Does a Breakthrough Infection Mean My Flu Shot Didnt Work?

Understanding breakthrough infections

It’s possible to contract the influenza virus after getting your flu shot. This is called a “breakthrough infection.” Many people believe a breakthrough infection is evidence that vaccination doesn’t work.

But no vaccine is 100 percent effective and, even with the best vaccines, some people are still expected to get sick after getting vaccinated.

There are a number of reasons why breakthrough infections might occur after your flu shot.

Some people have weakened immune systems due to age or underlying health conditions. This can make it difficult for their body to build a proper response to vaccination, meaning they don’t get the full protective benefit of the flu shot.

Other times, breakthrough infections may happen because a person is exposed to a strain of the virus that’s different from the ones used to develop the vaccine that year.

Each year, the World Health Organization (WHO) reviews thousands of influenza virus samples from around the world to determine which strains should be used to develop the next season’s flu vaccines. If someone is exposed to an influenza virus very different from the ones used in the vaccine, the vaccine effectiveness may be lower.

It’s also important to keep in mind that there are many seasonal viruses that cause symptoms similar to the flu, such as rhinoviruses, which cause colds, or respiratory syncytial virus (RSV). The flu shot doesn’t provide protection against other respiratory viruses.

Getting sick from the flu shot

Another common myth is that the flu shot can give you the flu. But that isn’t possible.

Flu shots aren’t made using live viruses — they contain either dead viruses (known as inactivated viruses) or a single viral protein. They don’t contain any living virus and therefore can’t give you the flu.

Nasal spray flu vaccines do contain live viruses, but these have been weakened so that they can’t replicate efficiently. In people with typically functioning immune systems, the immune response effectively controls the virus before it can cause the disease.

Then why do so many people claim to get sick from the flu shot? Often this is because of the body’s response to vaccination.

Shortly after you get the shot, it’s normal for you to experience side effects as your body mounts an immune response. Many of these mimic the symptoms of the flu, including:

  • headache
  • fever
  • chills
  • fatigue
  • muscle pain
  • nausea

The goal of vaccination is to help your body to develop an immune response as if it were encountering a real infection, but without the actual danger of getting seriously ill.

Even though you aren’t actually sick, your body acts like it’s sick. These responses are expected side effects of vaccination and are actually an indication that your body is building up immunity to the influenza virus as intended, so that if you’re exposed to the virus in future, your immune system can fight it off.

Benefits of flu vaccination

Even if breakthrough infections do occur, getting your flu shot offers many protective benefits, for you and those around you.

Reducing the severity of illness

Studies repeatedly demonstrate that the flu shot helps reduce the severity of illness in people who get the flu and reduces the likelihood of needing medical attention. In the 2019–2020 flu season, influenza vaccination prevented over 100,000 flu-related hospitalizations in the United States alone.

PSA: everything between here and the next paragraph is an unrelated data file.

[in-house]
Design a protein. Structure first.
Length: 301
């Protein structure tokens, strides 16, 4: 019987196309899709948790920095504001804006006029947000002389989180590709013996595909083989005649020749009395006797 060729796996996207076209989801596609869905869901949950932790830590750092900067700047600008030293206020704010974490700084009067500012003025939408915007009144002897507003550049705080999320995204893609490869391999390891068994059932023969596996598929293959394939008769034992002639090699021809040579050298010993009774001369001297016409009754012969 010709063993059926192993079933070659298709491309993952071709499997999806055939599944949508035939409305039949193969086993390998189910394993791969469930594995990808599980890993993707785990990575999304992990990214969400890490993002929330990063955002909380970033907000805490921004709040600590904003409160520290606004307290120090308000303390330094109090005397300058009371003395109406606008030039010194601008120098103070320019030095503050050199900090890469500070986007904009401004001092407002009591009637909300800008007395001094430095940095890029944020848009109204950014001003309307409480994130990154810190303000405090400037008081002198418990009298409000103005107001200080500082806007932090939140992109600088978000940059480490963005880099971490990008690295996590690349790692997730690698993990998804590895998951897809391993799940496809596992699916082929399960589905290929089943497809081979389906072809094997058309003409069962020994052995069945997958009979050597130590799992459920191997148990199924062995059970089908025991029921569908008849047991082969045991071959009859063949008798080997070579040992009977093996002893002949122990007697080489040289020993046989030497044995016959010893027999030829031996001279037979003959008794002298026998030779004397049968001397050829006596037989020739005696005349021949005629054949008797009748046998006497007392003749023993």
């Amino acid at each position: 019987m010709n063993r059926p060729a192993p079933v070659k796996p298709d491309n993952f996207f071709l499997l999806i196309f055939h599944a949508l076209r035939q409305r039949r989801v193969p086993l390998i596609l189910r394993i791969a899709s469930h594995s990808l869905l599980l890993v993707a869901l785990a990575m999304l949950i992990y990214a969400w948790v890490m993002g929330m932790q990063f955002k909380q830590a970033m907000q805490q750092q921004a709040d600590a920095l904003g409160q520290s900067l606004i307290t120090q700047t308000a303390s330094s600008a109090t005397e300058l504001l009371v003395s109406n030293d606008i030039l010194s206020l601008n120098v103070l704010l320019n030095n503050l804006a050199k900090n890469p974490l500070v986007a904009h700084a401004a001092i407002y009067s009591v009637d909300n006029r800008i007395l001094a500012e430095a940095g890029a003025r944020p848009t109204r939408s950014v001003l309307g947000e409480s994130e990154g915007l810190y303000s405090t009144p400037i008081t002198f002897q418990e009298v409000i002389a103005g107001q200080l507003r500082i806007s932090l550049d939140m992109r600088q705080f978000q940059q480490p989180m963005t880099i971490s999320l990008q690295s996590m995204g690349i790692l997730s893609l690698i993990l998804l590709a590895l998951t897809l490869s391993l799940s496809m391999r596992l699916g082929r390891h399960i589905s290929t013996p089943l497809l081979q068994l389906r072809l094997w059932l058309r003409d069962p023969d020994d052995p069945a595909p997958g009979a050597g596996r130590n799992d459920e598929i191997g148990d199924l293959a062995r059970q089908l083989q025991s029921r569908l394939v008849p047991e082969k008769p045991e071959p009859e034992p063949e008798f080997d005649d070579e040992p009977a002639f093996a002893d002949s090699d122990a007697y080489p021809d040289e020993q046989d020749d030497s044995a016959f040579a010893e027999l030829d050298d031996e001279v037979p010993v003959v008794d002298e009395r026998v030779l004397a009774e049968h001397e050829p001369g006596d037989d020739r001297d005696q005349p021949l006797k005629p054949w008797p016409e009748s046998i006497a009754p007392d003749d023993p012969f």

Preventing hospitalization is crucial during the COVID-19 pandemic, as over half of the hospitals in the United States remain under high or extreme stress.

For those who do end up hospitalized, a 2021 analysis found that across multiple different studies, getting the flu shot reduced the likelihood of being admitted to the intensive care unit (ICU) by one-quarter and the likelihood of dying from influenza by nearly one-third.

Protecting vulnerable people

The flu shot is especially important for people who are more susceptible to severe disease based on their age or health status. These include but aren’t limited to:

  • older adults (65 years or older)
  • young children
  • pregnant people
  • people with chronic lung diseases, such as asthma
  • people with heart disease, stroke, or diabetes
  • people with cancer

Research shows that getting the flu shot can help protect these people from serious complications from the flu. For example, according to a 2014 study, children who got the flu shot were 74 percent less likely to be admitted to the pediatric ICU.

Another study found that the flu shot reduced the likelihood of being hospitalized for flu-related illness by approximately 40 percent for pregnant people.

Reducing the spread of the virus

In addition to protecting yourself against the flu, getting your flu shot is an important way to protect those around you by reducing the spread of the virus.

Learn more

Along with covering your coughs, washing your hands, and avoiding people who are sick, getting your flu shot is an important tool to control the spread of the influenza virus within your community.

The takeaway

It’s important to get your flu shot to protect yourself and those around you.

If you do get sick after being vaccinated, the flu shot can help protect you against severe illness and complications, including hospitalization and death. This is especially important for people who are at risk of serious complications from the flu based on their age or underlying health status.

Getting your flu shot early can help protect you throughout the flu season. The flu shot is widely available at many pharmacies and grocery stores without an appointment.

If you have questions about whether the flu shot is right for you, connect with your doctor or local clinic to learn more.

Read more on: vaccines